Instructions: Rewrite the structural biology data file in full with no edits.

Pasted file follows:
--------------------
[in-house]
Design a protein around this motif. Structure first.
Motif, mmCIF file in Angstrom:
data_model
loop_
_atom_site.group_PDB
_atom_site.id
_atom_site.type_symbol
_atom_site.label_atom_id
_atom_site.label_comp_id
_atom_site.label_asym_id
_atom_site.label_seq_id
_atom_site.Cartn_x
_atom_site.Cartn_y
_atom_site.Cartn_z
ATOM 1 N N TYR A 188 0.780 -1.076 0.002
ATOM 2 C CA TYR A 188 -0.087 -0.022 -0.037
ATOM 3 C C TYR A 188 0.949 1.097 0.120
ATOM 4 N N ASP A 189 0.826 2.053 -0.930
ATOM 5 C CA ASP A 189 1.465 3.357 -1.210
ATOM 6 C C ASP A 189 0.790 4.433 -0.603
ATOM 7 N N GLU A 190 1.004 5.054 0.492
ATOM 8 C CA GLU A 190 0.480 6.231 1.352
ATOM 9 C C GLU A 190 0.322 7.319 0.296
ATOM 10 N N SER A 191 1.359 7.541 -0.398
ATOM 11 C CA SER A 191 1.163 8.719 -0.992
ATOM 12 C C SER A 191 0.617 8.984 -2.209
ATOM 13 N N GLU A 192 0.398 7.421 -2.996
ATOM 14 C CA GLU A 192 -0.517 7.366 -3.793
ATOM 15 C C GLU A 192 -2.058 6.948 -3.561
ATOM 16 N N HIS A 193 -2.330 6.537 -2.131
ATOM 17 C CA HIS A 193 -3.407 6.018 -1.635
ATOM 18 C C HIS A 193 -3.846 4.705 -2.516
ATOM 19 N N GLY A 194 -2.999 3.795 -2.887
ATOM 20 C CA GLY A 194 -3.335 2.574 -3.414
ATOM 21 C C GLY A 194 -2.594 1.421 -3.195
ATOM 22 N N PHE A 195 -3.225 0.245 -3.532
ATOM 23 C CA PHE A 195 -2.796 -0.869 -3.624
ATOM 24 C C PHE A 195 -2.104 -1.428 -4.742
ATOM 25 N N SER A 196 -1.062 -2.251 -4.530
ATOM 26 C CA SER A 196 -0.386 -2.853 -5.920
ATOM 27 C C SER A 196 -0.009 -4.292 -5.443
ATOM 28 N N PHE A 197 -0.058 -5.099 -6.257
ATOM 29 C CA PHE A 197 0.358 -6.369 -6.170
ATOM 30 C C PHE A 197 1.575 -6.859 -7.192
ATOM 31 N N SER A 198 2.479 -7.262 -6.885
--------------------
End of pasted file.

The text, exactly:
[in-house]
Design a protein around this motif. Structure first.
Motif, mmCIF file in Angstrom:
data_model
loop_
_atom_site.group_PDB
_atom_site.id
_atom_site.type_symbol
_atom_site.label_atom_id
_atom_site.label_comp_id
_atom_site.label_asym_id
_atom_site.label_seq_id
_atom_site.Cartn_x
_atom_site.Cartn_y
_atom_site.Cartn_z
ATOM 1 N N TYR A 188 0.780 -1.076 0.002
ATOM 2 C CA TYR A 188 -0.087 -0.022 -0.037
ATOM 3 C C TYR A 188 0.949 1.097 0.120
ATOM 4 N N ASP A 189 0.826 2.053 -0.930
ATOM 5 C CA ASP A 189 1.465 3.357 -1.210
ATOM 6 C C ASP A 189 0.790 4.433 -0.603
ATOM 7 N N GLU A 190 1.004 5.054 0.492
ATOM 8 C CA GLU A 190 0.480 6.231 1.352
ATOM 9 C C GLU A 190 0.322 7.319 0.296
ATOM 10 N N SER A 191 1.359 7.541 -0.398
ATOM 11 C CA SER A 191 1.163 8.719 -0.992
ATOM 12 C C SER A 191 0.617 8.984 -2.209
ATOM 13 N N GLU A 192 0.398 7.421 -2.996
ATOM 14 C CA GLU A 192 -0.517 7.366 -3.793
ATOM 15 C C GLU A 192 -2.058 6.948 -3.561
ATOM 16 N N HIS A 193 -2.330 6.537 -2.131
ATOM 17 C CA HIS A 193 -3.407 6.018 -1.635
ATOM 18 C C HIS A 193 -3.846 4.705 -2.516
ATOM 19 N N GLY A 194 -2.999 3.795 -2.887
ATOM 20 C CA GLY A 194 -3.335 2.574 -3.414
ATOM 21 C C GLY A 194 -2.594 1.421 -3.195
ATOM 22 N N PHE A 195 -3.225 0.245 -3.532
ATOM 23 C CA PHE A 195 -2.796 -0.869 -3.624
ATOM 24 C C PHE A 195 -2.104 -1.428 -4.742
ATOM 25 N N SER A 196 -1.062 -2.251 -4.530
ATOM 26 C CA SER A 196 -0.386 -2.853 -5.920
ATOM 27 C C SER A 196 -0.009 -4.292 -5.443
ATOM 28 N N PHE A 197 -0.058 -5.099 -6.257
ATOM 29 C CA PHE A 197 0.358 -6.369 -6.170
ATOM 30 C C PHE A 197 1.575 -6.859 -7.192
ATOM 31 N N SER A 198 2.479 -7.262 -6.885